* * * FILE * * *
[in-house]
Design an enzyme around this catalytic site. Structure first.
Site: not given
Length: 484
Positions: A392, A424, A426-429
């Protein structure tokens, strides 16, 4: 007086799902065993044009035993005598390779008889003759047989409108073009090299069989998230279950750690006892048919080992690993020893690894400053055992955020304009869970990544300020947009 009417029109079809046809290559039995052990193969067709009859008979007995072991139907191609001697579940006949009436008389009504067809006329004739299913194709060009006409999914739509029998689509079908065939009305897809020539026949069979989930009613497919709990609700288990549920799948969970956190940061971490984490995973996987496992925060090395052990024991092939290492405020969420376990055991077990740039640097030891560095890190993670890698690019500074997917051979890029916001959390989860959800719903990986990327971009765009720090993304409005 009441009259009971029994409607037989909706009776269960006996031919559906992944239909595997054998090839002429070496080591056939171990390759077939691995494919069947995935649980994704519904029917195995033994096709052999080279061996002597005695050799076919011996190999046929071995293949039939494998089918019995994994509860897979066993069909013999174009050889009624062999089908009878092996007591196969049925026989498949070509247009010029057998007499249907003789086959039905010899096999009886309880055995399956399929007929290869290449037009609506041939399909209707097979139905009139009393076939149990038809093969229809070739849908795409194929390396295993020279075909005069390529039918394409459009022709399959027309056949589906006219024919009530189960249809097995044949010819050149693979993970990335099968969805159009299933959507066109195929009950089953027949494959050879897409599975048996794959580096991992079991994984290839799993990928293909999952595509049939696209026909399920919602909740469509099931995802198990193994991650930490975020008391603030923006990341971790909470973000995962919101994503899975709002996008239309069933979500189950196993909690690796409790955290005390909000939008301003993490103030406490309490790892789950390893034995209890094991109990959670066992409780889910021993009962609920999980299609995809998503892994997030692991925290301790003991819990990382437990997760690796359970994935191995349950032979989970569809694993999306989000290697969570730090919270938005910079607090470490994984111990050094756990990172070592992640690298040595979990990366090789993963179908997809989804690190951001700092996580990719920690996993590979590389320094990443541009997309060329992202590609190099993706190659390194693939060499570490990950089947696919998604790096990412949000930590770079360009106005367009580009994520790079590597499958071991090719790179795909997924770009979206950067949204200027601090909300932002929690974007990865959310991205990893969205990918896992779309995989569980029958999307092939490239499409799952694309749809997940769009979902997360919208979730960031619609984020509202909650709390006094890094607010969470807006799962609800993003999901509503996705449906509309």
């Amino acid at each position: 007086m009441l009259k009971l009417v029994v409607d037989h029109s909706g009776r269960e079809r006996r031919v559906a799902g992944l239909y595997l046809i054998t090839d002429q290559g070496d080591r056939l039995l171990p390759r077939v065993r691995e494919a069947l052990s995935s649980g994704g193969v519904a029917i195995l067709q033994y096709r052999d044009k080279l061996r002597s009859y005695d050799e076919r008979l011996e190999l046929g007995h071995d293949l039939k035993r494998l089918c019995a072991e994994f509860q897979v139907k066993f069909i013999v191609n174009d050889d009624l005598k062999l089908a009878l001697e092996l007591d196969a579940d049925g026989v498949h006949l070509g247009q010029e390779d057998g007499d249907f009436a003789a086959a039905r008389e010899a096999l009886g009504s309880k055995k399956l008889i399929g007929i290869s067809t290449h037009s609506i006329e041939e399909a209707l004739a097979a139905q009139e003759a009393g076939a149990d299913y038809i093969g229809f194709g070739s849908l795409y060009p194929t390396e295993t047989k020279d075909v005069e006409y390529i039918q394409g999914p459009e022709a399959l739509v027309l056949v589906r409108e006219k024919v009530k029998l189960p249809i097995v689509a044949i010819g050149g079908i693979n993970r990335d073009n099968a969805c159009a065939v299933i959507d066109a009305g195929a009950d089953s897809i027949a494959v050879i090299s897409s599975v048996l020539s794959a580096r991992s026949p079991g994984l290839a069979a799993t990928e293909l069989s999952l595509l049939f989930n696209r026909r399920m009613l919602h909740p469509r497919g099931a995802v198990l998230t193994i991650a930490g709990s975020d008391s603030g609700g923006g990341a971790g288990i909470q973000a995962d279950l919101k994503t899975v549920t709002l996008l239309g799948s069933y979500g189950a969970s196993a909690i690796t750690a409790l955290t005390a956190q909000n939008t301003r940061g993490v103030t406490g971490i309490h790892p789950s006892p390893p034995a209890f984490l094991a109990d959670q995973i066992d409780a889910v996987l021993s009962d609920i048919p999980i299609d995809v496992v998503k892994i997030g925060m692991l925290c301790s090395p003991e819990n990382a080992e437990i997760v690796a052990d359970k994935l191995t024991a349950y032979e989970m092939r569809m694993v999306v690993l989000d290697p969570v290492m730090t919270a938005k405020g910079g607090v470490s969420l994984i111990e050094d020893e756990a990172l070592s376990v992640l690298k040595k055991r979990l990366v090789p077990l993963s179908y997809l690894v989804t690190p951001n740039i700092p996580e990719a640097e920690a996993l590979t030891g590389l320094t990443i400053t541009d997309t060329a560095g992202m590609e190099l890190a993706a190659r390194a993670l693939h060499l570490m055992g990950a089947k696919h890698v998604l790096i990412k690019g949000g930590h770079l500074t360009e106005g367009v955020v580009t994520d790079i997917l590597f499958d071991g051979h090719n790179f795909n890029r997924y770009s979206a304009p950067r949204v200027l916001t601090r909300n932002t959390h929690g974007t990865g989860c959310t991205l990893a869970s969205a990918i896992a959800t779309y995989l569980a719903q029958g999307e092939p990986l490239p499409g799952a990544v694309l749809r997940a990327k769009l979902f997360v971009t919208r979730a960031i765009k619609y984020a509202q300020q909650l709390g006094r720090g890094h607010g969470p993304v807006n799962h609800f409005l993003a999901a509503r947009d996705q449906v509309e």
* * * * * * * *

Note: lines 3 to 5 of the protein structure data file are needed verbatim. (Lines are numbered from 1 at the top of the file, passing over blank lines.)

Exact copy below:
Site: not given
Length: 484
Positions: A392, A424, A426-429